• Price arrived in 1832, but was not wanted in Hobart Town, failed to establish a church in Launceston, and left the island, returning to Launceston in 1836, where he ran a school and ministered until his death.
  • The arrival of John West in Launceston led to a schism in Price's Tamar Street congregation, and the setting up of St John's Square Chapel in 1839.

Due to the efforts of the ministers, with financial support from Hopkins, Congregational chapels became widespread in southern Tasmania, but not in the north, where Baptists were more prevalent, except in Launceston and at the Forth River.
  • Prominent lay Congregationalists included the Waddell and Button families, including William Button, first Mayor of Launceston and Henry Button, author; historian James Fenton; pharmaceutical manufacturer Landon Fairthorne; lawyer Henry Jennings; and James Aikenhead, co-founder with West of the Launceston Examiner.
    • Read more: Companion to Tasmanian History; National Trust Tasmanian Heritage Register
      "Forty years ago I had the privilege of introducing the first Independent minister to this colony, and thirty years since I was the means of the introduction of the first Independent minister into Victoria. Two months ago I had the privilege of laying the foundation stone of the new Wesleyan Church in Davey-street, and now I am called upon to lay the foundation stone of the Memorial Church, which stone bears the name of the Rev Frederick Miller, who arrived in this place forty years ago. He was a man of piety and energy and he felt a great love for the people, and for every cause that had for its object the glory of god and the good of his fellow man". - Ferguson and Urie blog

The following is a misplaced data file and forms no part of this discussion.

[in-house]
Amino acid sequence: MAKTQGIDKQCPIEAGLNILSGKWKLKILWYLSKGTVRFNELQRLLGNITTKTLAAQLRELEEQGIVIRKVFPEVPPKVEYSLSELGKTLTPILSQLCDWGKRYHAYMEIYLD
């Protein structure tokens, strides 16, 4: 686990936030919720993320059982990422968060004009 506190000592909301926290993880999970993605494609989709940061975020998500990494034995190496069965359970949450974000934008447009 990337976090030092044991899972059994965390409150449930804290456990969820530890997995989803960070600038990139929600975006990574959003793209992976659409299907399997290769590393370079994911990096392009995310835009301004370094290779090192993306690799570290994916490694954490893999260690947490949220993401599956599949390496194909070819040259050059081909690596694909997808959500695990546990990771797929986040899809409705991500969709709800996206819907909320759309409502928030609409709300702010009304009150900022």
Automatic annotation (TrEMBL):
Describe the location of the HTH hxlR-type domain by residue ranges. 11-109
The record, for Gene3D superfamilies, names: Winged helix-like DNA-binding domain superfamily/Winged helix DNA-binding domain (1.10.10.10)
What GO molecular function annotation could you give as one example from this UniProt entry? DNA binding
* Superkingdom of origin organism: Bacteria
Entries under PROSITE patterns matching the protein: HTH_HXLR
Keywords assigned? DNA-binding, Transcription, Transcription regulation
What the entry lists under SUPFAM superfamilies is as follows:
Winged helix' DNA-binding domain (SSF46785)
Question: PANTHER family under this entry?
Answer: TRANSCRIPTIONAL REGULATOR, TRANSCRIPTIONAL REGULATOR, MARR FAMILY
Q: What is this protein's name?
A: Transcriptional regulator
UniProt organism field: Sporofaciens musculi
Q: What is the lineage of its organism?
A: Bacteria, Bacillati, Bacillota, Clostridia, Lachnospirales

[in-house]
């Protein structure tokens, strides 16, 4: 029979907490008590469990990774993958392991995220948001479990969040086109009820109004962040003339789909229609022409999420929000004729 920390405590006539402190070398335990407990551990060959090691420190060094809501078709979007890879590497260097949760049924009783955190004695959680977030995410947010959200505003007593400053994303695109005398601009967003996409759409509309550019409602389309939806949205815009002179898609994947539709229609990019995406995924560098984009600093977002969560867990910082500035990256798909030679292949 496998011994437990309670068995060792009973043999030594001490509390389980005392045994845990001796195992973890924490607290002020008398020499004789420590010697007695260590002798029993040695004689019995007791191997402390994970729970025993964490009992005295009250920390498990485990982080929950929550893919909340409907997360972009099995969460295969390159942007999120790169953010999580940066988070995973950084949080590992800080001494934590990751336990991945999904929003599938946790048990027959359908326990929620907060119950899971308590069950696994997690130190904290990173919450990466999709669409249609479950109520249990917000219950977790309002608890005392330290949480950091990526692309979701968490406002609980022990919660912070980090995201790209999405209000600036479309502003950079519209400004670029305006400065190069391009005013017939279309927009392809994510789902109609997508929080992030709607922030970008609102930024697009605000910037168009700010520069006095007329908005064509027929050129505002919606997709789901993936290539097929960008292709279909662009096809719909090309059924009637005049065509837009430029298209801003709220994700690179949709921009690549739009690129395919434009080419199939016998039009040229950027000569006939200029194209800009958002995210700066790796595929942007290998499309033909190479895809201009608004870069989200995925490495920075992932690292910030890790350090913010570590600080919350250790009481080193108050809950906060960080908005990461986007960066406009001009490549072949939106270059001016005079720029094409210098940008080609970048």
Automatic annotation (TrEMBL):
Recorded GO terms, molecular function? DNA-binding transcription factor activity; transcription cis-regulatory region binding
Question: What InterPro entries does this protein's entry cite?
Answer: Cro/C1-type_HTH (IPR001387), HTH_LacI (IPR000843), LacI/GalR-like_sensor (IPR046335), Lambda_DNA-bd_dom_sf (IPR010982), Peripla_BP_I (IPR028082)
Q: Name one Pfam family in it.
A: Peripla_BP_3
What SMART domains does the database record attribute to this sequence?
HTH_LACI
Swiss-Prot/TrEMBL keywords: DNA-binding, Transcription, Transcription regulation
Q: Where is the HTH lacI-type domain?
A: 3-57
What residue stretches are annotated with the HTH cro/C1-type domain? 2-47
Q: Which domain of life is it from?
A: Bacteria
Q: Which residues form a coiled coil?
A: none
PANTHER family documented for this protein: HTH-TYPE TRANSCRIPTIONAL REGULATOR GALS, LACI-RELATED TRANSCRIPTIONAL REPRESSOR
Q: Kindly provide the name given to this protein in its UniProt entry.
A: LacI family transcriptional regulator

His wife Sarah died on 17 November 1849, aged 56. Hopkins died on 27 September 1870, after a peaceful and happy old age and a very short illness.
  • They had three sons and three daughters, the youngest of whom, Martha, married Rev. George Clarke and had eight children.
  • Memorials are in the Congregational Church at Davey Street and in the grounds of the Congregational Church, New Town.
  • The family lived in England in 1840-42 and after their return to Van Diemen's Land John received a thorough grounding in sheepbreeding, spending some time at David Gibson's famous stud.
  • In 1845 he was sent to manage Murdeduke, one of his father's Western District runs, and then became owner of Wormbete, also near Winchelsea.
  • In 1850-55 Hopkins acquired freehold of 20,000 acres (8094 ha) and bought the adjoining St Stephen's and River stations.
  • In 1854 and 1855 he occupied the Mount Hesse run. Hopkins greatly improved his land and developed a special Wormbete merino which he inbred successfully from then onwards, shearing up to 26,000 sheep a year.

Hopkins had a long and uneventful political career. In the Legislative Assembly he represented South Grant in 1864-67 and 1871-77 and Geelong in 1892-94. In parliament he was concerned mainly with the issues of local government. In 1880 he was vice-chairman of the Geelong Group of the Municipal Association and was elected mayor of Geelong in 1892.

6.0 The Reibeys at Entally

Mary Reibey’s legacy lives on at Entally House, Tasmania

Roses are a prominent feature in the gardens of Entally House, Tasmania. Picture: © Holly Kerr Forsyth
Roses are a prominent feature in the gardens of Entally House, Tasmania. Picture: © Holly Kerr Forsyth

The property, which was home to Mary Reibey’s eldest son Thomas, is set in 35ha of park-like grounds. Picture: © Holly Kerr Forsyth